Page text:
What is Scale Up?
According to Wikipedia: Endeavor defines scaleups as companies growing at 20% over the past three years, usually with at least 10 employees. Given the nature of freelancing and subcontracting, many businesses can scale with a couple of employees but many sub-contractors.
What is the difference between Growth and Scaling a business?
Often people refer to scaling up when they mean business growth, there is a difference.
Growth is when a company increases its revenue and associated costs rise. Manufacturing is a prime example, when unit sales increase, so do production and distribution costs.
Scaling on the other hand is where a company experiences higher revenue generation but does not have to incrementally boost resources to meet this demand. Google is the prime example of a business that has boosted its revenue without incurring higher running costs.
The most scalable sector is the tech sector. There are high up-front costs in terms of time and money to develop a programme or an app, but once it has been developed it can be replicated and resold for very little extra overhead.
Anything that involves automation or replication, which is inexpensive to produce and predictable from an overhead perspective, is a scalable business model.
What steps do I need to take when considering scaling my business?
Have clear objectives, where do you want to be?
Define your objectives clearly and make sure your team has bought into them 100% and are willing to embark on the journey with you.
You may set a goal based on turnover, profit or market penetration. It is an individual aspiration and one only you and your staff can determine.
Build a collaborative partnership
Scaling is tough, and you can’t do it alone. Make sure you bring in the right expertise either through employing your own team or pooling the skills of freelancers. Yes, this will mean an initial increase in costs, but the investment will reap rewards by having the best people in place, who are all working towards the same outcome, which will drive the vision forward effectively and resourcefully.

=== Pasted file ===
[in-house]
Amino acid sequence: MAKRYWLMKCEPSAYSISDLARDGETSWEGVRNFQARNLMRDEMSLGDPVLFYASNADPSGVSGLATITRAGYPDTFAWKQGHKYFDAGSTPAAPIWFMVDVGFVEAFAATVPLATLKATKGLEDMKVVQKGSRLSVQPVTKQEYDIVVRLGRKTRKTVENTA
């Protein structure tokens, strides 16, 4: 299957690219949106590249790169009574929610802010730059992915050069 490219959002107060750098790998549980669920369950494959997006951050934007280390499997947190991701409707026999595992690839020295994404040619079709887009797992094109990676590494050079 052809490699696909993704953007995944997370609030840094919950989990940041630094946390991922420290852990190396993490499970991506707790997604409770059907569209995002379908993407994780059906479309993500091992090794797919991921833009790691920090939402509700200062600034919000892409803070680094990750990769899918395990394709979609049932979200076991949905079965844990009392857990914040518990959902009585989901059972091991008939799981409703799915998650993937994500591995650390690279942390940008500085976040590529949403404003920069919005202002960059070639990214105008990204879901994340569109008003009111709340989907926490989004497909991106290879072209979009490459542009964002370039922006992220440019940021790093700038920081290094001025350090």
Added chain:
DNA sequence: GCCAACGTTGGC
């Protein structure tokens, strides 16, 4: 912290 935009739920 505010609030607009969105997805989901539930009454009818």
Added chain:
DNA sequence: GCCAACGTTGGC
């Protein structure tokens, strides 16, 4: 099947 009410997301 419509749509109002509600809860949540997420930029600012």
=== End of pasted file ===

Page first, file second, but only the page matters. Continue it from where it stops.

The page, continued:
As well as increasing internal resource, it is necessary to build up a stakeholder network to have an extended pool of knowledge and skills; such as sales partners, distributors, suppliers, customers, complimentary private and public-sector organisations. Contact your local Growth Hub or LEP to see what support is available in your area.
An injection of capital is required to scaleup quickly and it is rare for this influx to come purely from the business or the directors themselves. It is necessary to determine what sort of capital will be required to sustain your business through an expansion period. It could be a bank loan, an overdraft, private investment, crowdfunding, venture capitalists, angel investors or surplus cash flow.
What is the difference between an Angel Investor and Venture Capitalists?
An Angel Investor is normally an individual of high net worth who is looking for projects that interest them in which they can invest. The angel investor will usually empower a small business to help it grow, whilst providing advice and guidance as part of the package, even bringing in contacts.
The investor will ask for an equity stake in your business but won’t run it for you. Angel Investors can be informal such as friends or family, could be a business associate or someone introduced to you through an Angel Investment Network or the UK Business Angel Association
Angel investors choose to invest because they have an affiliation or liking of the product or service being offered and although they still want a return on their investment, their reasons for investing aren’t purely financial. Angel investors can also provide funding as a group.
This type of funding is best suited to start ups or early stage businesses with a capital requirement under £1m.